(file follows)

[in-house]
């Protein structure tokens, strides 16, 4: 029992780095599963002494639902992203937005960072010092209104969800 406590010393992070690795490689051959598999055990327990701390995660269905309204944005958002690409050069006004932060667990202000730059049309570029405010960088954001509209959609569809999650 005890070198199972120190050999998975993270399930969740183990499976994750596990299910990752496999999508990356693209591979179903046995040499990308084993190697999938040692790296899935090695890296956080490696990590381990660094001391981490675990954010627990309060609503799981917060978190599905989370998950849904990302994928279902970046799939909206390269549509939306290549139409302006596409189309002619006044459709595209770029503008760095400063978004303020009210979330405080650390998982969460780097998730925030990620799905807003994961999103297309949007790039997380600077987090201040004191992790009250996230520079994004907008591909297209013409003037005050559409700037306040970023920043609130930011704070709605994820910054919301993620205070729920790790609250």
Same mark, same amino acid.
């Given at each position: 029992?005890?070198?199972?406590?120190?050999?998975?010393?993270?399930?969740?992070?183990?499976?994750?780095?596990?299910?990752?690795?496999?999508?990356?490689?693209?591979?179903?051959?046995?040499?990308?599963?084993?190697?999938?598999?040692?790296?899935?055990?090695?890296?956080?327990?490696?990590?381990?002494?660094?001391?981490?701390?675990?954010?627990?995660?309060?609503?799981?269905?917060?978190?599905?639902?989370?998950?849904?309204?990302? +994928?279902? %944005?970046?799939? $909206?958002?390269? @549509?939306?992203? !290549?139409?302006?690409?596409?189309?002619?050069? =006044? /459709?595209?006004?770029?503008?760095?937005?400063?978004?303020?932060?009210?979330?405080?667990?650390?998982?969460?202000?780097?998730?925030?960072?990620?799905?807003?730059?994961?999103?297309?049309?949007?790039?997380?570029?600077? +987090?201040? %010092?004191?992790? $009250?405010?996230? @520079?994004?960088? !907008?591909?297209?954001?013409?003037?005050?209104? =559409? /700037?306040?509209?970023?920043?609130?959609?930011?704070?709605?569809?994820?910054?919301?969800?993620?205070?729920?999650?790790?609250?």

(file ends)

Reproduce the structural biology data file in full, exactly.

[in-house]
């Protein structure tokens, strides 16, 4: 029992780095599963002494639902992203937005960072010092209104969800 406590010393992070690795490689051959598999055990327990701390995660269905309204944005958002690409050069006004932060667990202000730059049309570029405010960088954001509209959609569809999650 005890070198199972120190050999998975993270399930969740183990499976994750596990299910990752496999999508990356693209591979179903046995040499990308084993190697999938040692790296899935090695890296956080490696990590381990660094001391981490675990954010627990309060609503799981917060978190599905989370998950849904990302994928279902970046799939909206390269549509939306290549139409302006596409189309002619006044459709595209770029503008760095400063978004303020009210979330405080650390998982969460780097998730925030990620799905807003994961999103297309949007790039997380600077987090201040004191992790009250996230520079994004907008591909297209013409003037005050559409700037306040970023920043609130930011704070709605994820910054919301993620205070729920790790609250």
Same mark, same amino acid.
């Given at each position: 029992?005890?070198?199972?406590?120190?050999?998975?010393?993270?399930?969740?992070?183990?499976?994750?780095?596990?299910?990752?690795?496999?999508?990356?490689?693209?591979?179903?051959?046995?040499?990308?599963?084993?190697?999938?598999?040692?790296?899935?055990?090695?890296?956080?327990?490696?990590?381990?002494?660094?001391?981490?701390?675990?954010?627990?995660?309060?609503?799981?269905?917060?978190?599905?639902?989370?998950?849904?309204?990302? +994928?279902? %944005?970046?799939? $909206?958002?390269? @549509?939306?992203? !290549?139409?302006?690409?596409?189309?002619?050069? =006044? /459709?595209?006004?770029?503008?760095?937005?400063?978004?303020?932060?009210?979330?405080?667990?650390?998982?969460?202000?780097?998730?925030?960072?990620?799905?807003?730059?994961?999103?297309?049309?949007?790039?997380?570029?600077? +987090?201040? %010092?004191?992790? $009250?405010?996230? @520079?994004?960088? !907008?591909?297209?954001?013409?003037?005050?209104? =559409? /700037?306040?509209?970023?920043?609130?959609?930011?704070?709605?569809?994820?910054?919301?969800?993620?205070?729920?999650?790790?609250?």